Union plumber who stopped Texas church shooter epitomizes ‘brotherhood’

UNION HERO: The men who chased down the Texas church shooter — United Association plumber Stephen Willeford (right) and Johnnie Langendorff — attended a recent prayer vigil for the victims of the First Baptist Church shooting in Sutherland Springs, TX. – Associated Press photo

Sutherland Springs, TX – Stephen Willeford, the man who shot at and chased the man who killed 26 people in a Texas church here Nov. 5, insists he is not a hero. But his brothers and sisters in the United Association of Plumbers, Fitters, Welders and Service Techs Union strongly disagree.

Willeford is not only a hero, he’s a well-regarded retired member of UA Local 142 in San Antonio, TX.

“We could not be prouder of him,” UA General President Mark McManus said. “On behalf of 345,000 members, I think I can safely say all of our members collectively are most proud of the courage shown by our UA brother, plumber Steven Willeford. His actions epitomize the foundation of brotherhood.”

McManus said the union understands and respects Willeford’s feeling that he is not a hero, but reiterated the gratefulness of the Sutherland Springs area and the entire nation for his bravery and selflessness.

Willeford’s Business Manager Mark Potter added, “Steve is a great union member and a very talented plumber. He is hard working and respected by all members of UA Local 142, not only for his craftsmanship and work ethic but also for his charity to the community over the years.”


Willeford was at home Nov. 5 when his daughter came into his bedroom to tell him she heard gunshots at the nearby First Baptist Church.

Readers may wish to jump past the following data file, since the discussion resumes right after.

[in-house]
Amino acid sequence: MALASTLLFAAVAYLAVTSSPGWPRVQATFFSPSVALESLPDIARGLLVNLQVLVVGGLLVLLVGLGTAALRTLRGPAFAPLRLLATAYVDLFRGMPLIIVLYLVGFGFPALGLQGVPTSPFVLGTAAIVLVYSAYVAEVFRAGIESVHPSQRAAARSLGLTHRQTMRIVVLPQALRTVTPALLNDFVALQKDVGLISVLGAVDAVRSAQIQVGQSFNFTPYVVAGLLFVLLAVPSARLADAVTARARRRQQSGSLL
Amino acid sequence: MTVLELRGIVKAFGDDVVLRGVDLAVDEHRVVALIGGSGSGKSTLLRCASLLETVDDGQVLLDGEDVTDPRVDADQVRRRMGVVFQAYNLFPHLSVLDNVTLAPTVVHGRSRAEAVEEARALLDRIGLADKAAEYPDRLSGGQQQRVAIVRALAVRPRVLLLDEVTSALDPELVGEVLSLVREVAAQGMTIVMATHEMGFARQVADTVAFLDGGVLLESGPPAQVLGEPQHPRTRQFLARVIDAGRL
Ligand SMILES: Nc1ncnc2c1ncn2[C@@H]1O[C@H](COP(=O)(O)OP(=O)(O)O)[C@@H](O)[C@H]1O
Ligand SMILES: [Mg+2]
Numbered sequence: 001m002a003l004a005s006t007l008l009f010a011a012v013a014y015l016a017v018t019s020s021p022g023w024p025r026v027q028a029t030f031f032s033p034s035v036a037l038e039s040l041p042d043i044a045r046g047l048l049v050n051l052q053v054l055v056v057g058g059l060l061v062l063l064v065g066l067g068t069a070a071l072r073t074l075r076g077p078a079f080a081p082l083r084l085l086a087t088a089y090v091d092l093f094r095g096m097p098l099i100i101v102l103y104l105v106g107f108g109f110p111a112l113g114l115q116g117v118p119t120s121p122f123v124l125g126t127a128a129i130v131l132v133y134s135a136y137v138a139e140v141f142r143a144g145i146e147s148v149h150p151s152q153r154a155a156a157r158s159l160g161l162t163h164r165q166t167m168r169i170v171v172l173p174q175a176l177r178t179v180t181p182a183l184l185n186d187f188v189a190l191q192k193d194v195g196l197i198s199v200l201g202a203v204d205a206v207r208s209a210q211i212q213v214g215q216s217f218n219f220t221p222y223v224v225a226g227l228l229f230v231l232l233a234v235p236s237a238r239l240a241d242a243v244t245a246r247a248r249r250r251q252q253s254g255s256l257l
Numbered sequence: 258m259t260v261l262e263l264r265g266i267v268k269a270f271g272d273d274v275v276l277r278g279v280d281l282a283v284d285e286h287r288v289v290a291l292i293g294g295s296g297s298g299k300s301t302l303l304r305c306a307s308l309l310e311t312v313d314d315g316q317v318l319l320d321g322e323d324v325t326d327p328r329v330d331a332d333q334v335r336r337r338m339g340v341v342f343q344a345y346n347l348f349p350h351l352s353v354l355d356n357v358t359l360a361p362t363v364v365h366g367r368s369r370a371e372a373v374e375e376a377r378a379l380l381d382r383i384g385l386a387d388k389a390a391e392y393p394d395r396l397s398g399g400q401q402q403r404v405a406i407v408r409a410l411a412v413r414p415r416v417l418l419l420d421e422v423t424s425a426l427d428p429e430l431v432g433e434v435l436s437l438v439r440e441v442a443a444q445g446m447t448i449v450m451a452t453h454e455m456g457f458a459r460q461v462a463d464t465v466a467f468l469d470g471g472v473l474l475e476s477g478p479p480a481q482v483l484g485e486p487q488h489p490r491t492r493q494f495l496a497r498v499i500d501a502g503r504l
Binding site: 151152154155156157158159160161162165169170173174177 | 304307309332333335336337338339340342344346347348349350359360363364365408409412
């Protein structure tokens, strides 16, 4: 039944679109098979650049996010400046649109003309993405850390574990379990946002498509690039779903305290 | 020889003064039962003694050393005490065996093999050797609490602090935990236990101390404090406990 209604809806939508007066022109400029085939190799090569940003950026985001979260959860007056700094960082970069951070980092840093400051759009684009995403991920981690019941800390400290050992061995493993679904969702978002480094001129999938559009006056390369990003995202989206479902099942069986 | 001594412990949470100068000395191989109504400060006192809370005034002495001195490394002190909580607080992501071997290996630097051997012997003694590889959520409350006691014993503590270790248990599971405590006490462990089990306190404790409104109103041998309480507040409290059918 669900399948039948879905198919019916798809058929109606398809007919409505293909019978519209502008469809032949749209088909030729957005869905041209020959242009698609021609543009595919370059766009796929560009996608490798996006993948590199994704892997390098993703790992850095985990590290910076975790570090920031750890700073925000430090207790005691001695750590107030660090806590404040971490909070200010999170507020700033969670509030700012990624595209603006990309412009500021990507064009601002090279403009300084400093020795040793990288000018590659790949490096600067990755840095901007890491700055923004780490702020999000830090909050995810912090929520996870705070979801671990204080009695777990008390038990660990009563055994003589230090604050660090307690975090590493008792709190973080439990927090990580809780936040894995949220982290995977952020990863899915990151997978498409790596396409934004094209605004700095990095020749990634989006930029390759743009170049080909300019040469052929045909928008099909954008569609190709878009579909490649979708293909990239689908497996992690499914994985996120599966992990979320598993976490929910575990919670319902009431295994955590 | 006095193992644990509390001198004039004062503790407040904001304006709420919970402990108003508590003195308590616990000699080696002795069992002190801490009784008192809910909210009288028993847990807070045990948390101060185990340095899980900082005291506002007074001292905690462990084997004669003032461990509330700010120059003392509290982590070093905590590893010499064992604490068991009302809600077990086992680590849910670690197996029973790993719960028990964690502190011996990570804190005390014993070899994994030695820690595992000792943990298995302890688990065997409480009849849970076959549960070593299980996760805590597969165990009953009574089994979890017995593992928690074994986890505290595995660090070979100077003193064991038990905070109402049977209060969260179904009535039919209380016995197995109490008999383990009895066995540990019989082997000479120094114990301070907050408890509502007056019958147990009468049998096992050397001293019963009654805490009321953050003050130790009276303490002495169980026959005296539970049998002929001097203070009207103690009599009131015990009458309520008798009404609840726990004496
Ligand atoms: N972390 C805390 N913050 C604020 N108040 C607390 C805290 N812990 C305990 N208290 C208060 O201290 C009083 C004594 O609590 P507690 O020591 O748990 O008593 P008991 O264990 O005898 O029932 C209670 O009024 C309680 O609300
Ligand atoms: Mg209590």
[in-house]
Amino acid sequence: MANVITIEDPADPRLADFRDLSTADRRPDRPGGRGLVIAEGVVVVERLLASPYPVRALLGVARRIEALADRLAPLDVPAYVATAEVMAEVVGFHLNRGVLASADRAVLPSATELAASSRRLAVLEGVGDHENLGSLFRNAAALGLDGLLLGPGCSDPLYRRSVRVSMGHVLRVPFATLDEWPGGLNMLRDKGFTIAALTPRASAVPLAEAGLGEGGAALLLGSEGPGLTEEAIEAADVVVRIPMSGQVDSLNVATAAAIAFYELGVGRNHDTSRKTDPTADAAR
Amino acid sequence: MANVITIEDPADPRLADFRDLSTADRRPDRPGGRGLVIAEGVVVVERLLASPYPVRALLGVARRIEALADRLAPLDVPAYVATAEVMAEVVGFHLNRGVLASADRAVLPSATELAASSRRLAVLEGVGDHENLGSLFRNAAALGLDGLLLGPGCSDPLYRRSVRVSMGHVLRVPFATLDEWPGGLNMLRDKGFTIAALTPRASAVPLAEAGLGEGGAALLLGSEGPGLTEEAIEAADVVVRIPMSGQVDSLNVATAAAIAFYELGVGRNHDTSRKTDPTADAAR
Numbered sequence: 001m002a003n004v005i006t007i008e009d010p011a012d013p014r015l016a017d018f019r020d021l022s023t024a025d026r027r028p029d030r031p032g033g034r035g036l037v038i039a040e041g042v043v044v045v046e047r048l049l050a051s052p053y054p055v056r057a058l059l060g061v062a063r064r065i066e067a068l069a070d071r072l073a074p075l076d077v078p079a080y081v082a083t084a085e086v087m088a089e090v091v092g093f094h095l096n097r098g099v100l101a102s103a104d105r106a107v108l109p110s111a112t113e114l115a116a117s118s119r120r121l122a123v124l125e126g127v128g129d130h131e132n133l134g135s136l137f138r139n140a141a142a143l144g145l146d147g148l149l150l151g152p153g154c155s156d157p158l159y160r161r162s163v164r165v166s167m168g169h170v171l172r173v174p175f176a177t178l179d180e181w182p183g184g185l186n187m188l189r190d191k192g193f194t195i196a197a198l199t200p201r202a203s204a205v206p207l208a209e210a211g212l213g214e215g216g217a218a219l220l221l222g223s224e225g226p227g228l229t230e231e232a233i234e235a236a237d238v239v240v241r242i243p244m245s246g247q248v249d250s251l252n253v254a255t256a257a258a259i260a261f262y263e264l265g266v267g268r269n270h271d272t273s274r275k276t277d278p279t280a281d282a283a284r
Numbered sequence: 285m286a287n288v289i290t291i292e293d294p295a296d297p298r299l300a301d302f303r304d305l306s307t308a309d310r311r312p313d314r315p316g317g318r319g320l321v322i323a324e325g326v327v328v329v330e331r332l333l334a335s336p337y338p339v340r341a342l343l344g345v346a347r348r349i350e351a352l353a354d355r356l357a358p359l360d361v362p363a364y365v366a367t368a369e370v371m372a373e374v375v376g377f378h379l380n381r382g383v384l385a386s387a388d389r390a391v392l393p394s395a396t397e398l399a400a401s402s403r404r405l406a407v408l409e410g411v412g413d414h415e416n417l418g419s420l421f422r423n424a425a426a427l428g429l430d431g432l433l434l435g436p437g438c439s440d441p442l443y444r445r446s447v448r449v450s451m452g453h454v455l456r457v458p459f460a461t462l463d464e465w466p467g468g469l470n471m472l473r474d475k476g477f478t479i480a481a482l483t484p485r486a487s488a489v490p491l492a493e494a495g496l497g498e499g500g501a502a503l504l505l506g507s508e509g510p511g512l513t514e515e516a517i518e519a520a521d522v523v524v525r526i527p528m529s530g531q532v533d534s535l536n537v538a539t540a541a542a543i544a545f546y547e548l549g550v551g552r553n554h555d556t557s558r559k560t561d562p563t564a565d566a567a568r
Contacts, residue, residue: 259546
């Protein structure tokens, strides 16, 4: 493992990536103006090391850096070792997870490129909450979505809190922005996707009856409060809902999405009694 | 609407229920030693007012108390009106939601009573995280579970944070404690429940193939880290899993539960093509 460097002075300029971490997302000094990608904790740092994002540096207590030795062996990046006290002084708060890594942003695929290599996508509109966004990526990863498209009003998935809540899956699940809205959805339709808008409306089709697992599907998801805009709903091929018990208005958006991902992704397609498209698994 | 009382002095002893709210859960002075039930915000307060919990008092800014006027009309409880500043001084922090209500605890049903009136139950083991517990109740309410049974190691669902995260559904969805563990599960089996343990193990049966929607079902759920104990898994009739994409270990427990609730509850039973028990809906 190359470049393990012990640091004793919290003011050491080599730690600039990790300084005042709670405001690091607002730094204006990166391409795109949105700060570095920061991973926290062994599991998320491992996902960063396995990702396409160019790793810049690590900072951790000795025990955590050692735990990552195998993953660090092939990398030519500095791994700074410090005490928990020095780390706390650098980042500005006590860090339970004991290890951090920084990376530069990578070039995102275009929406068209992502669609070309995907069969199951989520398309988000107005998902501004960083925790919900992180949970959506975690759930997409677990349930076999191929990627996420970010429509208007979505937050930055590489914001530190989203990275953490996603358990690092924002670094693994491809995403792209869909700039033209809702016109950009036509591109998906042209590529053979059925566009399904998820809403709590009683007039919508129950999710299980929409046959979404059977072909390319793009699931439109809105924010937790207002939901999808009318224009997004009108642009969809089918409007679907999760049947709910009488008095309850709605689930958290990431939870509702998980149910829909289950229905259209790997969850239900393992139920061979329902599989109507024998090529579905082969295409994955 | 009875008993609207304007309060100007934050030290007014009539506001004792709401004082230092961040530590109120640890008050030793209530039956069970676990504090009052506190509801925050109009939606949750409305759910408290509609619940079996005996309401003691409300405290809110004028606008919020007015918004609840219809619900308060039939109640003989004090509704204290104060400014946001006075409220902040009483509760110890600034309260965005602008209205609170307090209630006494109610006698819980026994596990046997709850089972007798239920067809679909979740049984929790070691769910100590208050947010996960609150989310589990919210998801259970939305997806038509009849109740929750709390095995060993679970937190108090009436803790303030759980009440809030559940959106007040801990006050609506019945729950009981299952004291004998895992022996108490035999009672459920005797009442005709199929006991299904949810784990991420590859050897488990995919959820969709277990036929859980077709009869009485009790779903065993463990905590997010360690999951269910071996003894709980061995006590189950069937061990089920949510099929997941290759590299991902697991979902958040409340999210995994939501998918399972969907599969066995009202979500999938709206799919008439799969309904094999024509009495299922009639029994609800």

Willeford, a former NRA instructor, got his rifle out of his safe while his daughter looked outside again. She ran back in and told him she saw a man in black tactical gear shooting up the church.

“I kept hearing the shots, one after another, very rapid shots — just ‘pop pop pop pop’ and I knew every one of those shots represented someone, that it was aimed at someone, that they weren’t just random shots,” Willeford said.


“I was scared to death, I was,” a visibly shaken Willeford told a Texas television station. “I was scared for me. I was scared for every one of them and I was scared for my own family that lived less than a block away.”

Willeford loaded a magazine in his rifle and ran across the street without even taking the time to put on his shoes. When he saw the suspect, identified by police as Devin Patrick Kelley, the two exchanged gunfire.

“He saw me and I saw him,” Willeford said. “I was standing behind a pickup truck for cover.

“He got into his vehicle, and he fired another couple rounds through his side window,” Willeford said. “When the window dropped, I fired another round at him again.”

Kelley then sped away down the highway.


Willeford spotted a pickup truck at a nearby stop sign, ran to the truck and asked the driver for help.

“That guy just shot up the Baptist church. We need to stop him,” Willeford told the driver, later identified as Johnnie Langendorff. The two of them set off on a high-speed chase to stop Kelley before he could hurt anyone else.

They had just caught up to Kelley’s truck when he appeared to lose control, hit a road sign, then flipped over into a ditch.

Willeford got out of the truck and put his rifle over the top, keeping his eye on Kelley’s vehicle and yelling “Get out of the truck! Get out of the truck!”

He and Langendorff never saw any movement.

Authorities believe Kelley died from a self-inflicted gunshot wound.

Willeford said his family has lived in the Sutherland Springs area, about 30 miles east of San Antonio, for four generations. He had numerous friends who went to the church.

In addition to the 26 people who were murdered, the shooting left 20 others wounded

The massacre killed about four percent of the town’s population.

(Information from ABC affiliate 40/29 News)


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